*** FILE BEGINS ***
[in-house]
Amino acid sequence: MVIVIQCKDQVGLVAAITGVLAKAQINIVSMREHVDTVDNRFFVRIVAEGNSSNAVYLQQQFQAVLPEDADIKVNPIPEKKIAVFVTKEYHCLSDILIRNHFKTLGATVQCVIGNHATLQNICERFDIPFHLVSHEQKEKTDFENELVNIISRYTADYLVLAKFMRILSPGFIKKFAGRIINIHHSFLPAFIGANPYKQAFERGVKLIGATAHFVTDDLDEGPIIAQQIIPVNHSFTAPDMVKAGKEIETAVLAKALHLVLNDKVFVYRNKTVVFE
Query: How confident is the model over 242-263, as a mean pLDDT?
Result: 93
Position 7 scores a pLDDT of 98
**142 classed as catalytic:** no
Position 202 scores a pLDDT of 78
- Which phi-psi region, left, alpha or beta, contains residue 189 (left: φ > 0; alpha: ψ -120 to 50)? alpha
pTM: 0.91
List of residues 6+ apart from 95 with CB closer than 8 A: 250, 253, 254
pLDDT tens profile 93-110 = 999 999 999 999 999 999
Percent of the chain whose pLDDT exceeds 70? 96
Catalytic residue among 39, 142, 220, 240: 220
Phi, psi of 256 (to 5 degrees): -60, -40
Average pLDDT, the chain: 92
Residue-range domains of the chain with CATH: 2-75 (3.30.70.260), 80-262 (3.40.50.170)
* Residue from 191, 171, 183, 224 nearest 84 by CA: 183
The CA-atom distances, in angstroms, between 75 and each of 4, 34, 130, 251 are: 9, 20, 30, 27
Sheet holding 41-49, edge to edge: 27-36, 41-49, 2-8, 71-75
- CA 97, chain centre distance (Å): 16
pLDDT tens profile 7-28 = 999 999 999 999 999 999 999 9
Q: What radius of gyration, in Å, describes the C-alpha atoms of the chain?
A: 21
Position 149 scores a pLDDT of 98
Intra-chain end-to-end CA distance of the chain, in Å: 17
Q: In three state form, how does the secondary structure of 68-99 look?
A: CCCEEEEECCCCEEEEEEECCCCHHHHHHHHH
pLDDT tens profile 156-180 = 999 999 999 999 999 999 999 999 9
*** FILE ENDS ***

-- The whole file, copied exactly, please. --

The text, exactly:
[in-house]
Amino acid sequence: MVIVIQCKDQVGLVAAITGVLAKAQINIVSMREHVDTVDNRFFVRIVAEGNSSNAVYLQQQFQAVLPEDADIKVNPIPEKKIAVFVTKEYHCLSDILIRNHFKTLGATVQCVIGNHATLQNICERFDIPFHLVSHEQKEKTDFENELVNIISRYTADYLVLAKFMRILSPGFIKKFAGRIINIHHSFLPAFIGANPYKQAFERGVKLIGATAHFVTDDLDEGPIIAQQIIPVNHSFTAPDMVKAGKEIETAVLAKALHLVLNDKVFVYRNKTVVFE
Query: How confident is the model over 242-263, as a mean pLDDT?
Result: 93
Position 7 scores a pLDDT of 98
**142 classed as catalytic:** no
Position 202 scores a pLDDT of 78
- Which phi-psi region, left, alpha or beta, contains residue 189 (left: φ > 0; alpha: ψ -120 to 50)? alpha
pTM: 0.91
List of residues 6+ apart from 95 with CB closer than 8 A: 250, 253, 254
pLDDT tens profile 93-110 = 999 999 999 999 999 999
Percent of the chain whose pLDDT exceeds 70? 96
Catalytic residue among 39, 142, 220, 240: 220
Phi, psi of 256 (to 5 degrees): -60, -40
Average pLDDT, the chain: 92
Residue-range domains of the chain with CATH: 2-75 (3.30.70.260), 80-262 (3.40.50.170)
* Residue from 191, 171, 183, 224 nearest 84 by CA: 183
The CA-atom distances, in angstroms, between 75 and each of 4, 34, 130, 251 are: 9, 20, 30, 27
Sheet holding 41-49, edge to edge: 27-36, 41-49, 2-8, 71-75
- CA 97, chain centre distance (Å): 16
pLDDT tens profile 7-28 = 999 999 999 999 999 999 999 9
Q: What radius of gyration, in Å, describes the C-alpha atoms of the chain?
A: 21
Position 149 scores a pLDDT of 98
Intra-chain end-to-end CA distance of the chain, in Å: 17
Q: In three state form, how does the secondary structure of 68-99 look?
A: CCCEEEEECCCCEEEEEEECCCCHHHHHHHHH
pLDDT tens profile 156-180 = 999 999 999 999 999 999 999 999 9